View of Cusco

This Week’s Wandering Soul: Max, 27, Caboolture (Australia)

I am cheating with this one:  I did not meet Max on the road, but rather at drama school – very likely mid-interpretive dance-off or salute to the sun.  Max is a playwright of formidable talent, a goddess weaver of words and stories whose award-winning work Trollop is soon to be staged by the Queensland Theatre Company.  Apart from being a so talented that it hurts your eyes and borders on the impossible; Max is a fervent hiker, a lover of Snickers and hater of transparent soup.  We’ve always meant to travel together, so when all the grooviest deities finally aligned this year, Peru was our destination of choice.  During our month’s travels, she quite possibly saved me from dying of rabies in Cusco, while I steadfastly (yet accidentally) ignored her own illness during our trip to ye olde Machu Picchu.  We then made it in and out of the Colca Canyon and got off our sandboards without permanent harm being inflicted in Huacachina…before finally resting and eating an inhuman amount of deliciousness in Lima.  Max is currently continuing her adventures in Europe – where I trust the baby alpaca wool jumper I’ve entrusted to her is keeping her very warm indeed…yessss, Max?

Food Colca Canyon
Max, looking suspicious about her soup, before trying it and realising it was the best thing to have ever come out of a saucepan.

How has being Australian left its mark on you?

I wonder if the space in Australia makes us more independent.  Space there seems infinite and in relationships too:  Time is not as important, or our sense of it is slower.  Meetings between friends don’t have to occur as close to the last one.

Sometimes as an Australian, it feels like you’re a neutral country, or that you’re easily assimilated into others’ cultures.  Sometimes it’s weird being a part of a country which is still so new and has yet to figure out how to deal with its dark history.  I think this links to that idea of feeling neutral – the fact that we don’t have thousands of years of culture to take us to where we are now.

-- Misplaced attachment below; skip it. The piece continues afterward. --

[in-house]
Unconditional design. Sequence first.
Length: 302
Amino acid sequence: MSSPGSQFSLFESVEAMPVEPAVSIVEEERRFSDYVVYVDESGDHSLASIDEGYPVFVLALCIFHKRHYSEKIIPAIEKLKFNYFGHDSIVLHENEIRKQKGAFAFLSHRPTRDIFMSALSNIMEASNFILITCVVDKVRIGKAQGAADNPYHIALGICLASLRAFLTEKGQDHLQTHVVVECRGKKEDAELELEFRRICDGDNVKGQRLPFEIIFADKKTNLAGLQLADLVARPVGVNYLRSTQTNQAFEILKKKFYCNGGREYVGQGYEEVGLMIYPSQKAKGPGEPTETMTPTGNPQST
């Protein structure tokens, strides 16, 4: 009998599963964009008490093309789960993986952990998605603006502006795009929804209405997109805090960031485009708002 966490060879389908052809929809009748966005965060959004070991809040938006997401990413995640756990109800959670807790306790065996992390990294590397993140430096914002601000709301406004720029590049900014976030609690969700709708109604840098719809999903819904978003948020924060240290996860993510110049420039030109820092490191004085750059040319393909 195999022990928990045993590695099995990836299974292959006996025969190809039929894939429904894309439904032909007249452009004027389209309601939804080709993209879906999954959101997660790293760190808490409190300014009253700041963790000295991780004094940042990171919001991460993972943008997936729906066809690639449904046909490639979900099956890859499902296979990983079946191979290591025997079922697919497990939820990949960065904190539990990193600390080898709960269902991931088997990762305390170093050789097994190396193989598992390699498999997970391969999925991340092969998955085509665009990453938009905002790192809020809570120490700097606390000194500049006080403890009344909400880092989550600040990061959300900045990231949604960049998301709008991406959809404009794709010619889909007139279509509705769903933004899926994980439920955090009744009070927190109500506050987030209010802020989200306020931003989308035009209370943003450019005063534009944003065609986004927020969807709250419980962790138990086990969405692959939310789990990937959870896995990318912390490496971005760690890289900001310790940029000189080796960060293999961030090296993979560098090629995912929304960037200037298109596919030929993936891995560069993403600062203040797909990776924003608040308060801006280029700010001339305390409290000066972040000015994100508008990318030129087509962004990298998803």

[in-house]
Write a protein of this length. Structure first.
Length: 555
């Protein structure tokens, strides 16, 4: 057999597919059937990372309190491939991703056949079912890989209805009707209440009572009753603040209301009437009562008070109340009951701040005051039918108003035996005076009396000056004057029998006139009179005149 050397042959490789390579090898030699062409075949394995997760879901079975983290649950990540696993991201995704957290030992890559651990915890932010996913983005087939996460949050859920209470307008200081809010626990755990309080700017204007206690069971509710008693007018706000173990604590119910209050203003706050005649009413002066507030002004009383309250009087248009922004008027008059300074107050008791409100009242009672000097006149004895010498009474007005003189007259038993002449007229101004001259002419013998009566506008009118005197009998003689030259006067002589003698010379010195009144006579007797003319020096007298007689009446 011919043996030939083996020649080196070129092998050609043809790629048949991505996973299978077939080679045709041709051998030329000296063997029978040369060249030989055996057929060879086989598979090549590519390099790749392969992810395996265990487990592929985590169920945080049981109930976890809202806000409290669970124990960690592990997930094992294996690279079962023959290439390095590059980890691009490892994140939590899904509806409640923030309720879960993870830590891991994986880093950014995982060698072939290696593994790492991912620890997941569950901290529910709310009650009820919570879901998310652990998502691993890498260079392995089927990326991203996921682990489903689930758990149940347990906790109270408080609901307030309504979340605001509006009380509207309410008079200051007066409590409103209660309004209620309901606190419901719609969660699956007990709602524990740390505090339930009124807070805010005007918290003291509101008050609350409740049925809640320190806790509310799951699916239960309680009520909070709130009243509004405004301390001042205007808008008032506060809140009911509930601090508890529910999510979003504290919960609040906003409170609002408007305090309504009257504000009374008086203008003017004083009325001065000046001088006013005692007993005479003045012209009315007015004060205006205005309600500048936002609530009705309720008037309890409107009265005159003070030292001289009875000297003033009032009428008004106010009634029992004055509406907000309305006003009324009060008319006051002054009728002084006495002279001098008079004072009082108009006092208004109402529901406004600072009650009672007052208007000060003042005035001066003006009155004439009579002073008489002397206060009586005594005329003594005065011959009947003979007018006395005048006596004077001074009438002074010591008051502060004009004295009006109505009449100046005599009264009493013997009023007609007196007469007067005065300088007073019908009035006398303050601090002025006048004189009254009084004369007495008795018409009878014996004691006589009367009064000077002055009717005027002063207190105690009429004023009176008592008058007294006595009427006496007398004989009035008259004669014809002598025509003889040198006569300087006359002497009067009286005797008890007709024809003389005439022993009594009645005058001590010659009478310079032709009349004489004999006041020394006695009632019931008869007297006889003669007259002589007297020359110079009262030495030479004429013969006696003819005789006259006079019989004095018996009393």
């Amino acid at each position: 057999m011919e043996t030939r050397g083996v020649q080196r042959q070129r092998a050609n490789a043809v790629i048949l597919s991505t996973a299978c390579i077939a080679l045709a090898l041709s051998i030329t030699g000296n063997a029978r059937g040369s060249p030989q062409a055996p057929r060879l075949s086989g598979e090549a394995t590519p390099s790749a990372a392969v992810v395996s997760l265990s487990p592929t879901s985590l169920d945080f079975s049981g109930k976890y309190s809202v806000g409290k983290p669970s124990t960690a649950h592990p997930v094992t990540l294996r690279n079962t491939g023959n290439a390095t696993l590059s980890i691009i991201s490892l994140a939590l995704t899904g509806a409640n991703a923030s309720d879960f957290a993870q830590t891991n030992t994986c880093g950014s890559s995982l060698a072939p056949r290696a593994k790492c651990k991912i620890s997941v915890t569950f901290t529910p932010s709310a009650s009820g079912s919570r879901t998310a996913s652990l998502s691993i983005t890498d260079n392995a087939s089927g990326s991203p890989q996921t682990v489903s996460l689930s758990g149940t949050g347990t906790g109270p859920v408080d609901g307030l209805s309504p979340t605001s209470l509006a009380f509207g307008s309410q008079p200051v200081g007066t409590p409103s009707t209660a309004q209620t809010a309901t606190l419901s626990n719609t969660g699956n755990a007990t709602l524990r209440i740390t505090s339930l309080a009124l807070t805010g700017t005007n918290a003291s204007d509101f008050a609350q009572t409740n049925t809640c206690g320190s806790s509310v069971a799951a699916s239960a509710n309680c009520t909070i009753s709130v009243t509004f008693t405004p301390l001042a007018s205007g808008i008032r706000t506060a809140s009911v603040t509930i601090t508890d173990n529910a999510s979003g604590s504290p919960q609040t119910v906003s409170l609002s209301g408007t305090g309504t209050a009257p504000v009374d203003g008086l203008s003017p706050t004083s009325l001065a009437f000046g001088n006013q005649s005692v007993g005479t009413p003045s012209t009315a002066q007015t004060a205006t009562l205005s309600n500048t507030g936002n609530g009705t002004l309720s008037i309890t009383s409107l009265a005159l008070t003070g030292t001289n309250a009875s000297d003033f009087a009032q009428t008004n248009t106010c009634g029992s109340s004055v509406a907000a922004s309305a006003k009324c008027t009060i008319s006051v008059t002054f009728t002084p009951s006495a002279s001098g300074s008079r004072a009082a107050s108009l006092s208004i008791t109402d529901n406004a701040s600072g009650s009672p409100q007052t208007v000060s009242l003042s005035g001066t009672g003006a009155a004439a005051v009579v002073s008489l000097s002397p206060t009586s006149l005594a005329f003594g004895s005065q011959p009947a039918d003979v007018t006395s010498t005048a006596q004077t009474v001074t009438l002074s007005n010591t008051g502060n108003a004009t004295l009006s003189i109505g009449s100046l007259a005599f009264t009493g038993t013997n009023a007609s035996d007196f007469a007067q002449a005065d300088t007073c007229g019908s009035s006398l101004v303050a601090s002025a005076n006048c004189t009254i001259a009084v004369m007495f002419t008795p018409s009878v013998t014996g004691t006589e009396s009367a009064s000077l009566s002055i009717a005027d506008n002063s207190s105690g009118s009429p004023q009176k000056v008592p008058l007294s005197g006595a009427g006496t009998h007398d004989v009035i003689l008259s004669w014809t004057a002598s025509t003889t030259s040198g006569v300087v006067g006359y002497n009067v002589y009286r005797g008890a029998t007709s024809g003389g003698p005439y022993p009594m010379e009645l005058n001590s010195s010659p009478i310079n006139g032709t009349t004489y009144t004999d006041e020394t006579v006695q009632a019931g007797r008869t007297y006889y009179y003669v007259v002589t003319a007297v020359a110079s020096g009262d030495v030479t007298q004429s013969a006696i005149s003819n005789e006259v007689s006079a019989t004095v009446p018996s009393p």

What would your 13-year-old self think about you if they met you?

I think she’d recognise that sarcastic humor that seems to prevail.  I relied on that at 13 to get through ridiculous moments.

She’d be glad that I’m doing something for a living and not relying on others and I think she’d be pleased to see that she doesn’t always feel ridiculously awkward but that she’s still recognisable as the same person.

I think she’d be glad to have mellowed, as at her age she had a lot of strong ideals.  But she’d be disappointed that I don’t have the same willpower or blind passion.

She’d be fairly happy with the decisions I’ve made although she would have thought I’d have travelled more by now.

If she was really my 13-year-old self, she’d be in disbelief that she was looking at me – and also potentially wary, as I was quite analytical at that age.

If you could meet your 13-year-old self, what would you say to her?